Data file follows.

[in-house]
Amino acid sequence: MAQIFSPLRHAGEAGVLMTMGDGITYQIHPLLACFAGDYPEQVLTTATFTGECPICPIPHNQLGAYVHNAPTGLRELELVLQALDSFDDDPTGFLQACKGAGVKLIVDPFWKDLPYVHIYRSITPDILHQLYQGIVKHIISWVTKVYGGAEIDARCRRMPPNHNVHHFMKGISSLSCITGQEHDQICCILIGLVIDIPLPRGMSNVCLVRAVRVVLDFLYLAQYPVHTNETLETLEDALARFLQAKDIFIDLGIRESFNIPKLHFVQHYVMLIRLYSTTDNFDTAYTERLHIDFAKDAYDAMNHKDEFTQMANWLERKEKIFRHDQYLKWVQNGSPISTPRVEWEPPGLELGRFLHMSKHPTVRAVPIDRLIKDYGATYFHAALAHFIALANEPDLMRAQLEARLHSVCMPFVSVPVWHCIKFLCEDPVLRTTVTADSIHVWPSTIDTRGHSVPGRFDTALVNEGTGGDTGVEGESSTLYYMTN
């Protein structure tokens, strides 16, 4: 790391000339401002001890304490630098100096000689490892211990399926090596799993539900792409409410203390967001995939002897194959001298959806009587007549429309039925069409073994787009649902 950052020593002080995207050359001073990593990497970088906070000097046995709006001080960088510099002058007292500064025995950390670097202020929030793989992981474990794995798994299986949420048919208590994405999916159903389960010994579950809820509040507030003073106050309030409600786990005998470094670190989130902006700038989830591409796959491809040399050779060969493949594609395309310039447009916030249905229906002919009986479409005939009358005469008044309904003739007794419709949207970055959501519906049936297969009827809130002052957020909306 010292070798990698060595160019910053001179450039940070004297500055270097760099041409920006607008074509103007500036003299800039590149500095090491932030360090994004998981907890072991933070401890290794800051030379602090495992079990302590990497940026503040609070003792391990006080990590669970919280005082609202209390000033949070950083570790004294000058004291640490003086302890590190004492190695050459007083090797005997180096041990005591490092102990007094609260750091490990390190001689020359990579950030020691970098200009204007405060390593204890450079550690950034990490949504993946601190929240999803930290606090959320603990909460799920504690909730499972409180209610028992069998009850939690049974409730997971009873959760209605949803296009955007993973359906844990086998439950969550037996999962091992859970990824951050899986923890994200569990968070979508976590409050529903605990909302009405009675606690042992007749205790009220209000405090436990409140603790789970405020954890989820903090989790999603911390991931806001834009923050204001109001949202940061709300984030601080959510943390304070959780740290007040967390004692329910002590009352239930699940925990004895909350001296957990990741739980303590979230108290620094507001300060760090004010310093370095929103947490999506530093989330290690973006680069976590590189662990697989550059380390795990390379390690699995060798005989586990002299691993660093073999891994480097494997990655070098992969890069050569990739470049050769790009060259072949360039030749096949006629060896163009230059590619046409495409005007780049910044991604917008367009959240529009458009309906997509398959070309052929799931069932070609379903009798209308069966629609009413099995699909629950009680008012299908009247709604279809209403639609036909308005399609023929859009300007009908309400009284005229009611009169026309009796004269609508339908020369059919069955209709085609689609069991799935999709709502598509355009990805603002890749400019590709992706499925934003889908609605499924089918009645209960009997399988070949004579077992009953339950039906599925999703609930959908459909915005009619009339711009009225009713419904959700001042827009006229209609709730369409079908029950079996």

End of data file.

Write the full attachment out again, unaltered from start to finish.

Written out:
[in-house]
Amino acid sequence: MAQIFSPLRHAGEAGVLMTMGDGITYQIHPLLACFAGDYPEQVLTTATFTGECPICPIPHNQLGAYVHNAPTGLRELELVLQALDSFDDDPTGFLQACKGAGVKLIVDPFWKDLPYVHIYRSITPDILHQLYQGIVKHIISWVTKVYGGAEIDARCRRMPPNHNVHHFMKGISSLSCITGQEHDQICCILIGLVIDIPLPRGMSNVCLVRAVRVVLDFLYLAQYPVHTNETLETLEDALARFLQAKDIFIDLGIRESFNIPKLHFVQHYVMLIRLYSTTDNFDTAYTERLHIDFAKDAYDAMNHKDEFTQMANWLERKEKIFRHDQYLKWVQNGSPISTPRVEWEPPGLELGRFLHMSKHPTVRAVPIDRLIKDYGATYFHAALAHFIALANEPDLMRAQLEARLHSVCMPFVSVPVWHCIKFLCEDPVLRTTVTADSIHVWPSTIDTRGHSVPGRFDTALVNEGTGGDTGVEGESSTLYYMTN
């Protein structure tokens, strides 16, 4: 790391000339401002001890304490630098100096000689490892211990399926090596799993539900792409409410203390967001995939002897194959001298959806009587007549429309039925069409073994787009649902 950052020593002080995207050359001073990593990497970088906070000097046995709006001080960088510099002058007292500064025995950390670097202020929030793989992981474990794995798994299986949420048919208590994405999916159903389960010994579950809820509040507030003073106050309030409600786990005998470094670190989130902006700038989830591409796959491809040399050779060969493949594609395309310039447009916030249905229906002919009986479409005939009358005469008044309904003739007794419709949207970055959501519906049936297969009827809130002052957020909306 010292070798990698060595160019910053001179450039940070004297500055270097760099041409920006607008074509103007500036003299800039590149500095090491932030360090994004998981907890072991933070401890290794800051030379602090495992079990302590990497940026503040609070003792391990006080990590669970919280005082609202209390000033949070950083570790004294000058004291640490003086302890590190004492190695050459007083090797005997180096041990005591490092102990007094609260750091490990390190001689020359990579950030020691970098200009204007405060390593204890450079550690950034990490949504993946601190929240999803930290606090959320603990909460799920504690909730499972409180209610028992069998009850939690049974409730997971009873959760209605949803296009955007993973359906844990086998439950969550037996999962091992859970990824951050899986923890994200569990968070979508976590409050529903605990909302009405009675606690042992007749205790009220209000405090436990409140603790789970405020954890989820903090989790999603911390991931806001834009923050204001109001949202940061709300984030601080959510943390304070959780740290007040967390004692329910002590009352239930699940925990004895909350001296957990990741739980303590979230108290620094507001300060760090004010310093370095929103947490999506530093989330290690973006680069976590590189662990697989550059380390795990390379390690699995060798005989586990002299691993660093073999891994480097494997990655070098992969890069050569990739470049050769790009060259072949360039030749096949006629060896163009230059590619046409495409005007780049910044991604917008367009959240529009458009309906997509398959070309052929799931069932070609379903009798209308069966629609009413099995699909629950009680008012299908009247709604279809209403639609036909308005399609023929859009300007009908309400009284005229009611009169026309009796004269609508339908020369059919069955209709085609689609069991799935999709709502598509355009990805603002890749400019590709992706499925934003889908609605499924089918009645209960009997399988070949004579077992009953339950039906599925999703609930959908459909915005009619009339711009009225009713419904959700001042827009006229209609709730369409079908029950079996």